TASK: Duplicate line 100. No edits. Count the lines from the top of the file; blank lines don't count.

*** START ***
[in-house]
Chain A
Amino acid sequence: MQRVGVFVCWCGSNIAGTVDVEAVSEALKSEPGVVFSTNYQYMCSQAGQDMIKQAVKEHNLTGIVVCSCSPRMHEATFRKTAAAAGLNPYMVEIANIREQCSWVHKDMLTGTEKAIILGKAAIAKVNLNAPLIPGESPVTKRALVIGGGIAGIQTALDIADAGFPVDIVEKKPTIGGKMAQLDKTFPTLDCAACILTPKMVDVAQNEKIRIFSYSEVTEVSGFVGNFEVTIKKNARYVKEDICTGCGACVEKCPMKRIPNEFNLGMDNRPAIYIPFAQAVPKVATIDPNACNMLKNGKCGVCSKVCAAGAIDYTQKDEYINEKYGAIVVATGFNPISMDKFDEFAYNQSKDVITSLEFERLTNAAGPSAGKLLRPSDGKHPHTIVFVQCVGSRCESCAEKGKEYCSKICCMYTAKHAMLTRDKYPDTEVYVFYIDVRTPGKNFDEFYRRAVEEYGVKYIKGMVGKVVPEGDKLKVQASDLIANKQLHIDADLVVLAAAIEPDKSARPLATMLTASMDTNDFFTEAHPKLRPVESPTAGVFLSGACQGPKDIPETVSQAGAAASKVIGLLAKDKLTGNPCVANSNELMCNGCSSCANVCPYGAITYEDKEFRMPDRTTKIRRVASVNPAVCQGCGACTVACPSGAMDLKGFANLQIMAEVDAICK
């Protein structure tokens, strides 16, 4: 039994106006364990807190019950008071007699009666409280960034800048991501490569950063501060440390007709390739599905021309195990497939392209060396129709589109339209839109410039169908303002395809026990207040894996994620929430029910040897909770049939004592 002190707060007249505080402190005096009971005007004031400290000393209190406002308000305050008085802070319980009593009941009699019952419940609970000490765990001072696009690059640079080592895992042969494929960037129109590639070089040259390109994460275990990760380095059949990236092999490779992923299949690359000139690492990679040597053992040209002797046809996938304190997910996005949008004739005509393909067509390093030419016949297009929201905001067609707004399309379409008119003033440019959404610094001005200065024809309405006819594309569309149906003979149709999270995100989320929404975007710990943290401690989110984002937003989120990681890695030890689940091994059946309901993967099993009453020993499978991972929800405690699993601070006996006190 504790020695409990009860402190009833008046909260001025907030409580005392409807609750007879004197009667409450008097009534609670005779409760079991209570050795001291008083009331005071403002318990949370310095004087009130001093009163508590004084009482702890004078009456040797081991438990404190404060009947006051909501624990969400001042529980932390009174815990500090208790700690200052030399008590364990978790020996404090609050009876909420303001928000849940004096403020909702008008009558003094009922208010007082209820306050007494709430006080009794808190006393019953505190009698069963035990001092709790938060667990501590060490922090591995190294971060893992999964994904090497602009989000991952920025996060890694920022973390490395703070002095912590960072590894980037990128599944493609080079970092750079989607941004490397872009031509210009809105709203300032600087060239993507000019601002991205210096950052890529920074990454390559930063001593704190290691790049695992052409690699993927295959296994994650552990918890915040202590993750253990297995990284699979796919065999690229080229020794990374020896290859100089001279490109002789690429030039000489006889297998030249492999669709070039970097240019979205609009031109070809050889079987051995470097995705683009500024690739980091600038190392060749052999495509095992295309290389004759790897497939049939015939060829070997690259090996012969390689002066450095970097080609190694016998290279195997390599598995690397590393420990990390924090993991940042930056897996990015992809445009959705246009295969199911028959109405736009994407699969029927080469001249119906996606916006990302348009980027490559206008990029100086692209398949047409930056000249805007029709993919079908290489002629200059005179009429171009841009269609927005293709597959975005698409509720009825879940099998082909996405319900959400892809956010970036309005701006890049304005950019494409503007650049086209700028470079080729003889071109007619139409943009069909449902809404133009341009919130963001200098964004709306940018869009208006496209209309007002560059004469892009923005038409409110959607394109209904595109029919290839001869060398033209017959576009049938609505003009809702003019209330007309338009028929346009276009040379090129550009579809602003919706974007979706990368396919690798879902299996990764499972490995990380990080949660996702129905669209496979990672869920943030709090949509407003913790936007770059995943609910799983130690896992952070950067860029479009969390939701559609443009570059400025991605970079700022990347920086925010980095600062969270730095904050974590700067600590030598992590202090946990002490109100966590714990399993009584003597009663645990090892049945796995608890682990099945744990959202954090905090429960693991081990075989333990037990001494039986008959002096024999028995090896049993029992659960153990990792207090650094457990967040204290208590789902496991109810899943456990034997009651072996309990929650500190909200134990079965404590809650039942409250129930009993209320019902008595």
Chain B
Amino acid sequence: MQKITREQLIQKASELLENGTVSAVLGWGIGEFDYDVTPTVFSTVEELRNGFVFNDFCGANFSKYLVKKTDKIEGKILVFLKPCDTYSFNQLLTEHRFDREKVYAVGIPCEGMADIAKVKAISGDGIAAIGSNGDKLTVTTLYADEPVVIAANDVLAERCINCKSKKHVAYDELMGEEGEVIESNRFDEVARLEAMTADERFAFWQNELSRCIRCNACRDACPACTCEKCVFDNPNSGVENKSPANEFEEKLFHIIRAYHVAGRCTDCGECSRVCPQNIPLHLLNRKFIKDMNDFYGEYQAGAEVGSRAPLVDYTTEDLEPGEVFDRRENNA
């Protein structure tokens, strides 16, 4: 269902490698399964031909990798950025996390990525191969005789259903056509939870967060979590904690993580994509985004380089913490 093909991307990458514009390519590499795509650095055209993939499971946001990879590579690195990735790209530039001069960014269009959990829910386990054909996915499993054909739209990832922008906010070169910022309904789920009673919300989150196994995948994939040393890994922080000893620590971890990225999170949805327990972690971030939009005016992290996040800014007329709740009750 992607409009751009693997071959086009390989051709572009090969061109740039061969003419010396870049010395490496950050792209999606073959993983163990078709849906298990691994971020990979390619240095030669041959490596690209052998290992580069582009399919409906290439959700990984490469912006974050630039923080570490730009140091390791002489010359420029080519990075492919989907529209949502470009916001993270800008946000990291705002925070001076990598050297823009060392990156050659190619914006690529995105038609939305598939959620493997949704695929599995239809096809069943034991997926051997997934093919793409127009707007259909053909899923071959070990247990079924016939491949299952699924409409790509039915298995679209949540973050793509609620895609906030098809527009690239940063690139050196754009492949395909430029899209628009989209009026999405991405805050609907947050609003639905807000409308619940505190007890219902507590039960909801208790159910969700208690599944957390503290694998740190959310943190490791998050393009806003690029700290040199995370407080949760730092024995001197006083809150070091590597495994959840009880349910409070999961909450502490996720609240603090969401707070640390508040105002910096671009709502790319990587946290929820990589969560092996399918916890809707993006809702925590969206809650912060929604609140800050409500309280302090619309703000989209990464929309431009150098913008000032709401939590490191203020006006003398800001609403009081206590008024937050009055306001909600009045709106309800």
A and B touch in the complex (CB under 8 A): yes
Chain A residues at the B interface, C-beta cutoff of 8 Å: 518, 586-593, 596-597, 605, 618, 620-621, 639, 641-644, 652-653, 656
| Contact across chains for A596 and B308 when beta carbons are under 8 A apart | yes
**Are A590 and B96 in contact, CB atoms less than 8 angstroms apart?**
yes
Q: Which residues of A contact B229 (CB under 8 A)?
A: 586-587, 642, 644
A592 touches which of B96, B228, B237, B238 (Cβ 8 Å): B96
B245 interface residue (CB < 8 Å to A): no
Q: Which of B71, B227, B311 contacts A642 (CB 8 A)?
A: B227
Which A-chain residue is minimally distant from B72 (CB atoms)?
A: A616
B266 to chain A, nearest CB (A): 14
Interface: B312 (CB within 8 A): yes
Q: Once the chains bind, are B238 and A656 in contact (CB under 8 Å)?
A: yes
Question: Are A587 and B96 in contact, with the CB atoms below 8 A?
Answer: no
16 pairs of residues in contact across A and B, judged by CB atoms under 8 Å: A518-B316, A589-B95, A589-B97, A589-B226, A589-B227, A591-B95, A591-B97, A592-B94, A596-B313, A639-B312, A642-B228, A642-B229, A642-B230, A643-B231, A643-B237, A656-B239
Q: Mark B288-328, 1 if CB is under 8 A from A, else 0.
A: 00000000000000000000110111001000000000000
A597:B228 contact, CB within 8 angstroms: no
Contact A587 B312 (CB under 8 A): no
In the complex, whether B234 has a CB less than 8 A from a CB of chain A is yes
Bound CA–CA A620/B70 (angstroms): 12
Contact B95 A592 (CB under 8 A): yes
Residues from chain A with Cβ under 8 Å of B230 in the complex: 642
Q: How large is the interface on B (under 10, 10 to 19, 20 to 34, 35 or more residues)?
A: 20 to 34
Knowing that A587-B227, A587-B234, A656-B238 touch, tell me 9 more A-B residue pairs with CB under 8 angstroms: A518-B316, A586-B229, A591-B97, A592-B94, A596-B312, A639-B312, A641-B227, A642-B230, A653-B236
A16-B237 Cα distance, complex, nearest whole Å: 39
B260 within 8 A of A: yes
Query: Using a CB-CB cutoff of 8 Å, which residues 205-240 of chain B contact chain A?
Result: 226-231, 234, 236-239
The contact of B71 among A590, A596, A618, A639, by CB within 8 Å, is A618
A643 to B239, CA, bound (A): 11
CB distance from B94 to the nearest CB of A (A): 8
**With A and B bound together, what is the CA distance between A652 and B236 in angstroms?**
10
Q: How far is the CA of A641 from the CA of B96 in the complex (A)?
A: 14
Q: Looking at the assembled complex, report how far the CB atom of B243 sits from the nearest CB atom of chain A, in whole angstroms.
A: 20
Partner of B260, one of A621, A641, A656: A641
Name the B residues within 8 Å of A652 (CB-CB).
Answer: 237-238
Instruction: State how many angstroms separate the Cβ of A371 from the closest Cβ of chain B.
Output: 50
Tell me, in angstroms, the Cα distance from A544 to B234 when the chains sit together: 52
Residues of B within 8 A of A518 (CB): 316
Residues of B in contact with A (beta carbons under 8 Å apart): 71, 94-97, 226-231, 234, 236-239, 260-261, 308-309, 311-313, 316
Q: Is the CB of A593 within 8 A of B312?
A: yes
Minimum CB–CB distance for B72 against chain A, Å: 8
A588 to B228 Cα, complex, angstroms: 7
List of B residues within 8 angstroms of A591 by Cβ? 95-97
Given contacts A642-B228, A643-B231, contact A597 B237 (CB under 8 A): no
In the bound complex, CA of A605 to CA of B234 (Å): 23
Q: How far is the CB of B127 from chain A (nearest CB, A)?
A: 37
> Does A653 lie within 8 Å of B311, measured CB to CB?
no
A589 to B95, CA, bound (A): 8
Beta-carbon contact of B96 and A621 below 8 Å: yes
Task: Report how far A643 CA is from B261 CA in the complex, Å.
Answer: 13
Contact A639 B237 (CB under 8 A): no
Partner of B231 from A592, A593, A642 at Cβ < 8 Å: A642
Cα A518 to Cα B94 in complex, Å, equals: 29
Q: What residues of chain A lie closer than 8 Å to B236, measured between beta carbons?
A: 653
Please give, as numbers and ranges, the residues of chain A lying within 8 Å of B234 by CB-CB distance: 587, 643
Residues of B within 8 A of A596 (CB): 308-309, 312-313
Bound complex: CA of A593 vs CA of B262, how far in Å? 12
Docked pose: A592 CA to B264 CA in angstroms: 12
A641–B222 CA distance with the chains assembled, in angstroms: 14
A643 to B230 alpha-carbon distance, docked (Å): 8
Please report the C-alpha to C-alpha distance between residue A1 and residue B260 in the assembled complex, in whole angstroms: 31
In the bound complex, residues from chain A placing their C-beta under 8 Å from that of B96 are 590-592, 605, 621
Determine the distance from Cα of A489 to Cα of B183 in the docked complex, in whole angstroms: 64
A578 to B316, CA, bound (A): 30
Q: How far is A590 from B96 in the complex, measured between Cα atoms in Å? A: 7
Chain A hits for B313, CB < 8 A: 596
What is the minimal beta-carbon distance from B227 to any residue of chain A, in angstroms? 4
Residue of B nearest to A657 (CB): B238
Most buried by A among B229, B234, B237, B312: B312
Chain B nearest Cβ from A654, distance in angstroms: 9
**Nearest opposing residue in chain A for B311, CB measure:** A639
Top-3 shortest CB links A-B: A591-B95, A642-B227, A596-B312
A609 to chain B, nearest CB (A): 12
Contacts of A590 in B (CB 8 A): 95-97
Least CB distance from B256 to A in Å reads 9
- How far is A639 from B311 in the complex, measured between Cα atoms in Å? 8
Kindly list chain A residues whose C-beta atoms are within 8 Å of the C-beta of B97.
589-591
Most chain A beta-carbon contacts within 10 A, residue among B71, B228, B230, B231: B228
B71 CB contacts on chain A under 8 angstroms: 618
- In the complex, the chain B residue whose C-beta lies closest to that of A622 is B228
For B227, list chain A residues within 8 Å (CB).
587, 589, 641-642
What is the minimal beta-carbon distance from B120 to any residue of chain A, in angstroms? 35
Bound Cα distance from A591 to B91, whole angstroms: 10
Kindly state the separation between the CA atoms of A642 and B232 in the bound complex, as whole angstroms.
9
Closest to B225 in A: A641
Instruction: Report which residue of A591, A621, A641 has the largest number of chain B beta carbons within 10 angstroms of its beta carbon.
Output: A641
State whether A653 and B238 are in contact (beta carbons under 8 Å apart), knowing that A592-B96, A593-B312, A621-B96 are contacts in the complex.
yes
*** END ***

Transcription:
Least CB distance from B256 to A in Å reads 9